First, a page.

Year: 1968
Rating: G
Length: 153 minutes / 2.55 hours

When it comes to recognition from the Academy Awards, Dickens is definitely in the same class as Shakespeare. Both have had four of their adapted stories turned into films that won nominations for Best Picture. Both have had one of their stories win said Best Picture Oscar. Both aforementioned Best Pictures were also musicals. On Shakespeare’s side, we have Midsummer Night’s Dream (1935), Henry V (1944), and Julius Caesar (1953) as nominees and West Side Story (1961) as Best Picture (with Romeo and Juliet being nominated in 1936 and 1968 as well). In terms of Dickens’ achievements, there’s David Copperfield (1935), A Tale of Two Cities (1935), and Great Expectations (1946) as nominees and Oliver! (1968) as Best Picture. The fact that the 1960’s saw two literary musical adaptations win Best Picture merely shows you what kind of decade it really was.

To quote another famous, musical orphan, Oliver Twist (Mark Lester) had a “Hard Knock Life”. Shuffled from an orphanage to the service of an undertaker, the young boy finally escapes and travels to London to start a new life. Because he has no family or connections in London, Oliver is soon taken in by a gang of thieves and pickpockets. While he doesn’t necessarily want to commit these crimes, he still needs to eat. After he’s accused of stealing a wallet from a Mr. Brownlow (Joseph O’Conor), a bookseller comes to Oliver’s rescue with the truth of his innocence. Partly because Oliver reminds him of his niece, Brownlow decides to take Oliver home with him. Despite the luxury Oliver now finds himself in, his past acquaintances kidnap him and attempt to bring him back into a life of crime. The golden heart of a barmaid is the only piece of hope Oliver has of being saved.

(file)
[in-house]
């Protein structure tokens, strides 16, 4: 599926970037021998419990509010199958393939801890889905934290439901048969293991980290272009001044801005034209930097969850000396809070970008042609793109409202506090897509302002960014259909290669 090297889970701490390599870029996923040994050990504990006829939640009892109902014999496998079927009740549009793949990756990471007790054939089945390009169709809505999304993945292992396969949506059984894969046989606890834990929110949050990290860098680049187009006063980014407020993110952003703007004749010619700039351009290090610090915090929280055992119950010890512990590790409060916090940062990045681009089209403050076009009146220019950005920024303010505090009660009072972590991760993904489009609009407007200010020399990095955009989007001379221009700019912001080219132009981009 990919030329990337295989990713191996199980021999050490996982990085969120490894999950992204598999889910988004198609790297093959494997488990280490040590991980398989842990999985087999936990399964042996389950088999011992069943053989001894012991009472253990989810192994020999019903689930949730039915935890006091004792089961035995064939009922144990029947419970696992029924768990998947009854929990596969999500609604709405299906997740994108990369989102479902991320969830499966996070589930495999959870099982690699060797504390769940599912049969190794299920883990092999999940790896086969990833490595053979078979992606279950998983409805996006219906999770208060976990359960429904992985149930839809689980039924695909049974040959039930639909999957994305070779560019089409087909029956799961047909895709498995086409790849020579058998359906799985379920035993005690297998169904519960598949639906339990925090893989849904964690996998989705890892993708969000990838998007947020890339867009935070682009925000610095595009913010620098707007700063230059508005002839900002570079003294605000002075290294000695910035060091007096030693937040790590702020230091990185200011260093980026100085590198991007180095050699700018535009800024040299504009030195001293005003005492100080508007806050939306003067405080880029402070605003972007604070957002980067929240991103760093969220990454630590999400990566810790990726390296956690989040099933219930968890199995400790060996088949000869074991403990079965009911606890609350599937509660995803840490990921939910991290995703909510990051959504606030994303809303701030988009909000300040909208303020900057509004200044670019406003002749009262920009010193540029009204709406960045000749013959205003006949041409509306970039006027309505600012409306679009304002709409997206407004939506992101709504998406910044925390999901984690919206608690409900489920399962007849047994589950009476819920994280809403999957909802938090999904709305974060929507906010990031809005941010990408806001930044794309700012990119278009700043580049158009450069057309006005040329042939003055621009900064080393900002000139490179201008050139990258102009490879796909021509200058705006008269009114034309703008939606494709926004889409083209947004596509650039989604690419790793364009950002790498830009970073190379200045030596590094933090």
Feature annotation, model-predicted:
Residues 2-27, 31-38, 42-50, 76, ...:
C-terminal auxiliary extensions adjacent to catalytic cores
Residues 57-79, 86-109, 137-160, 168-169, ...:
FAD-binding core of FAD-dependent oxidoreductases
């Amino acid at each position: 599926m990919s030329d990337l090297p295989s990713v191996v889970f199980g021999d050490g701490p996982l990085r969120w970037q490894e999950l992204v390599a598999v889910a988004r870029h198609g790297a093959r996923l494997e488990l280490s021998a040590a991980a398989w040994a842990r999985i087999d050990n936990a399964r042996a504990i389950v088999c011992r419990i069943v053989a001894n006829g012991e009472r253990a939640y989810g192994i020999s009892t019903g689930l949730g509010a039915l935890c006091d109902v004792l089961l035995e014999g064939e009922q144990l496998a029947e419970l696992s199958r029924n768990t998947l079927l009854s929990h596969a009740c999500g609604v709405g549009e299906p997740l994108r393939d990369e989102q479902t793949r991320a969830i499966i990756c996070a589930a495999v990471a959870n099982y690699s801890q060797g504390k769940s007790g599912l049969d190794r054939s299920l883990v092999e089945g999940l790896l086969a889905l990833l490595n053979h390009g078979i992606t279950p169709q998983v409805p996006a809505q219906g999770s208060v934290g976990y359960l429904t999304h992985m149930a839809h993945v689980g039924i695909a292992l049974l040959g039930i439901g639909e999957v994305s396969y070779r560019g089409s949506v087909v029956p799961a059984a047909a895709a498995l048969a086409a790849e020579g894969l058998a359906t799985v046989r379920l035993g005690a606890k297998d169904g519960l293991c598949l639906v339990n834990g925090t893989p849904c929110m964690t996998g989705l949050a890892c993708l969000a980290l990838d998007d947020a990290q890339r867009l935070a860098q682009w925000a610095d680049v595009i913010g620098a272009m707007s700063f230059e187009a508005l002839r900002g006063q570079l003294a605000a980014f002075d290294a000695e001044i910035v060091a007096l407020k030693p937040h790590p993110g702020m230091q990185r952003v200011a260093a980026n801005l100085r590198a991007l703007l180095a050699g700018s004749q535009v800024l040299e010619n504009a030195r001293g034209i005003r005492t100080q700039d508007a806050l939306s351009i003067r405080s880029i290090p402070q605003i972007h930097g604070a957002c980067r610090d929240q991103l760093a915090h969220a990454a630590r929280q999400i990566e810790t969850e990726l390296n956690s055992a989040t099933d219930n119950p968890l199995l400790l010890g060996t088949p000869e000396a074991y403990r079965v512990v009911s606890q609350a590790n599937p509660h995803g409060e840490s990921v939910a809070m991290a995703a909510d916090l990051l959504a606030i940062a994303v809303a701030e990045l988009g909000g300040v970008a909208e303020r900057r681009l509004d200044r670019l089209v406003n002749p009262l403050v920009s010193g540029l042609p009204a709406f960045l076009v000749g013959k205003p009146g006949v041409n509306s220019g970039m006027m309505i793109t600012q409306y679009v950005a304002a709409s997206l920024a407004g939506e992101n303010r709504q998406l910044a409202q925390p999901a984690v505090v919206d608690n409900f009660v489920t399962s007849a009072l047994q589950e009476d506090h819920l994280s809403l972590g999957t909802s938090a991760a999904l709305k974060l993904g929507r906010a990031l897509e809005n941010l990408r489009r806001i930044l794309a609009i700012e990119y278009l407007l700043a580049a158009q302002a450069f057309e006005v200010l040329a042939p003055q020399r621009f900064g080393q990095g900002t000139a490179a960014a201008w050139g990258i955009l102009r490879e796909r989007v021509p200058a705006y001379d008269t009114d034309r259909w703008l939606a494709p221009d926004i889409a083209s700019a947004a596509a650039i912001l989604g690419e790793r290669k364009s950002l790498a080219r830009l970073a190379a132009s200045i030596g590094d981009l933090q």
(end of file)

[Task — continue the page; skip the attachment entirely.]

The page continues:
The Muppet Christmas CarolThe Muppet Christmas Carol
Year: 1992
Rating: G
Length: 85 minutes / 1.41 hours

Just like we’ve seen a huge amount of Romeo and Juliet retellings, there have been plenty of versions of A Christmas Carol. I would wager that any holiday-themed story will be retold as long as that holiday remains relevant. Heck, even if it’s not relevant, people will continue to “celebrate” by reading or watching these stories. From watching Groundhog Day (1993) on Groundhog Day, to Independence Day (1996) on the Fourth of July, to V for Vendetta (2006) on Guy Fawkes Day, there are plenty of obscure holidays to celebrate with a movie. But Christmas always takes the cake in terms of holiday-themed adaptations. Of these adaptations, none is more recognizable than Charles Dickens’ A Christmas Carol. Because it is such a timeless story, it has been reproduced in a large number of mediums, including puppetry (as seen in The Muppet Christmas Carol (1992)).